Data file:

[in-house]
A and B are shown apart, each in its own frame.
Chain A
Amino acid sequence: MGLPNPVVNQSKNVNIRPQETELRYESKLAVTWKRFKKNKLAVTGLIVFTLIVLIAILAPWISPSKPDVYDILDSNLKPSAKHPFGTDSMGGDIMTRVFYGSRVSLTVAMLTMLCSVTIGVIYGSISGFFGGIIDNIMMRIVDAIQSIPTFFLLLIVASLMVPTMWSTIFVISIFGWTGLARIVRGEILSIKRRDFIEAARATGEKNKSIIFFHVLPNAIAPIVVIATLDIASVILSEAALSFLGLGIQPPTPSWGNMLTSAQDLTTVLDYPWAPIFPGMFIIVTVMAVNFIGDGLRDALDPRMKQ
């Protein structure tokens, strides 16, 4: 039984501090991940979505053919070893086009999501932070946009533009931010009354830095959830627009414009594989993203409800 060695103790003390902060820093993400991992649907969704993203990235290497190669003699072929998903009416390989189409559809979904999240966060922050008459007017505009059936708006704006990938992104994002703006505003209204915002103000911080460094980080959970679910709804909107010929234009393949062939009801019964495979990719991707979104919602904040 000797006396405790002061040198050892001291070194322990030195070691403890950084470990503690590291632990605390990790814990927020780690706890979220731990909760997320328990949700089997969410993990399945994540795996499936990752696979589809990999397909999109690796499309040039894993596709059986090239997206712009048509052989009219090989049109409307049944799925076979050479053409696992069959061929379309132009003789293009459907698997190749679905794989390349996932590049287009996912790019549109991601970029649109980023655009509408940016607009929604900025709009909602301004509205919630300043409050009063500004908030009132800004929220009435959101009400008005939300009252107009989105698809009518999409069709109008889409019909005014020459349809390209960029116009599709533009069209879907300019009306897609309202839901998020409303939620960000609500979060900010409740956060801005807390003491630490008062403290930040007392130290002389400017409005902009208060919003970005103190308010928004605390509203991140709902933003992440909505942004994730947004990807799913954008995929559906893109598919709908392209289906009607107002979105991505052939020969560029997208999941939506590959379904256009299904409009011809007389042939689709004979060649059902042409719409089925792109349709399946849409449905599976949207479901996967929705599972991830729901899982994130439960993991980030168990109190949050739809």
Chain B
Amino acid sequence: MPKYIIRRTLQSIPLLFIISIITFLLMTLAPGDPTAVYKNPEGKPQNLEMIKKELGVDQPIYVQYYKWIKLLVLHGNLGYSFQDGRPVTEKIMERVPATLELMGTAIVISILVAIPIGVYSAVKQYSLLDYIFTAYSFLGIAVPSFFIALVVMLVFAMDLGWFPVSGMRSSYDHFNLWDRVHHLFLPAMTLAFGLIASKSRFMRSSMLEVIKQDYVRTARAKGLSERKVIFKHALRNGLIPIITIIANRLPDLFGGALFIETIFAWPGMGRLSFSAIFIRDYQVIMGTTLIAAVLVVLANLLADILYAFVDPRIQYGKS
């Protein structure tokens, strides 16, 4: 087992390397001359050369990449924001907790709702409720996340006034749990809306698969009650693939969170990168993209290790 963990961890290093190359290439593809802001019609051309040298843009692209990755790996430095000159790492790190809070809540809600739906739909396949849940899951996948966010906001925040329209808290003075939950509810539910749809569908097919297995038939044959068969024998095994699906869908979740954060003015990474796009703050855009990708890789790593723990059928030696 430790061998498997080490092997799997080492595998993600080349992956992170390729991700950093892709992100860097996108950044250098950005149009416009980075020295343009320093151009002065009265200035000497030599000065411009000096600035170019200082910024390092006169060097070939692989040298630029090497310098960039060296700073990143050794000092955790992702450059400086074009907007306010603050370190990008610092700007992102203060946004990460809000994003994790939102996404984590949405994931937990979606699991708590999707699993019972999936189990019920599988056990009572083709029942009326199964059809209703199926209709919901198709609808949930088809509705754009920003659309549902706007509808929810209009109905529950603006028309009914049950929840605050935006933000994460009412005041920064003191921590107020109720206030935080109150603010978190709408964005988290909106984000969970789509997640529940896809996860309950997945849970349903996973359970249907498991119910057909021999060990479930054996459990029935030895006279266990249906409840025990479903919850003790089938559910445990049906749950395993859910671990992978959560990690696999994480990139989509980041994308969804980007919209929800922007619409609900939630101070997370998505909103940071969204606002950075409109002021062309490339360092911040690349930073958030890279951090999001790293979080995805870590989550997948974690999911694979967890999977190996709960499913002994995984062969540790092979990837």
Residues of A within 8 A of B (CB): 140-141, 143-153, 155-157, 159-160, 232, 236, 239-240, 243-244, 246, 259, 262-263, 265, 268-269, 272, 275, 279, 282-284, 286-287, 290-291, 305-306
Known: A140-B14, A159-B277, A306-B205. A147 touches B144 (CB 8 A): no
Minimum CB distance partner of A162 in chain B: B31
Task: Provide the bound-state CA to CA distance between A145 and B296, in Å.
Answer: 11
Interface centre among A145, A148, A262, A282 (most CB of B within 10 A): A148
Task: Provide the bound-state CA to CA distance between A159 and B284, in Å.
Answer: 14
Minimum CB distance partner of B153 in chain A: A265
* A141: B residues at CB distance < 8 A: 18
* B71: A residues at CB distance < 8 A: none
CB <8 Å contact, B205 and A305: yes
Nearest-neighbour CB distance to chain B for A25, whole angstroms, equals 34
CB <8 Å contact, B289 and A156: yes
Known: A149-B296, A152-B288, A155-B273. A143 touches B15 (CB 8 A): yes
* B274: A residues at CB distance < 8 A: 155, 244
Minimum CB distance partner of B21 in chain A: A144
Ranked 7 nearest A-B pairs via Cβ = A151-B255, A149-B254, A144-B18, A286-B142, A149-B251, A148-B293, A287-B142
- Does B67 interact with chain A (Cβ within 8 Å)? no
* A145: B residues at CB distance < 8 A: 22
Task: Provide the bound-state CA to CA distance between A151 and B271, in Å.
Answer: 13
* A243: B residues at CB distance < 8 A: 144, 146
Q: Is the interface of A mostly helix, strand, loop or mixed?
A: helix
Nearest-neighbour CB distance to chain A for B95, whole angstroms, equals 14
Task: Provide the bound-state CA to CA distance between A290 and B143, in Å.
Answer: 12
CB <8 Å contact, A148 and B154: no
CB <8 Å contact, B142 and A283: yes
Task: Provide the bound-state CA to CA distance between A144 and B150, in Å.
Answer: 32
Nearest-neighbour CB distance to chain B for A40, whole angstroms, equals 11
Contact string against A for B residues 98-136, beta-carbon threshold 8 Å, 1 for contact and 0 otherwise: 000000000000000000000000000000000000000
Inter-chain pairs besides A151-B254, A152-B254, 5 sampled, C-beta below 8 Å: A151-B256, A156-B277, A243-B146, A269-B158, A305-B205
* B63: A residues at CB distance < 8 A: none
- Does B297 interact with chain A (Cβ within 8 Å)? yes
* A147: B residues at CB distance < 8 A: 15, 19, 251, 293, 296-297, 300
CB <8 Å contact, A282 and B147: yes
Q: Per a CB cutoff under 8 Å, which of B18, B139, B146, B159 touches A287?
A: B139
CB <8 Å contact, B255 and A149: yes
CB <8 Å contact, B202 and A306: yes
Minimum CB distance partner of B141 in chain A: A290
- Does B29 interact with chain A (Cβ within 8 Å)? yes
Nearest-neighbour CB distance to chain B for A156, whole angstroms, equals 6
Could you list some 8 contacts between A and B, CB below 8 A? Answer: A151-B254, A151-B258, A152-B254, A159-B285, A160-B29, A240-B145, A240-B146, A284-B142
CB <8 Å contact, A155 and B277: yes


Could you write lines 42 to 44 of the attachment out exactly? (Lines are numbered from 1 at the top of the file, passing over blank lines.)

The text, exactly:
Contact string against A for B residues 98-136, beta-carbon threshold 8 Å, 1 for contact and 0 otherwise: 000000000000000000000000000000000000000
Inter-chain pairs besides A151-B254, A152-B254, 5 sampled, C-beta below 8 Å: A151-B256, A156-B277, A243-B146, A269-B158, A305-B205
* B63: A residues at CB distance < 8 A: none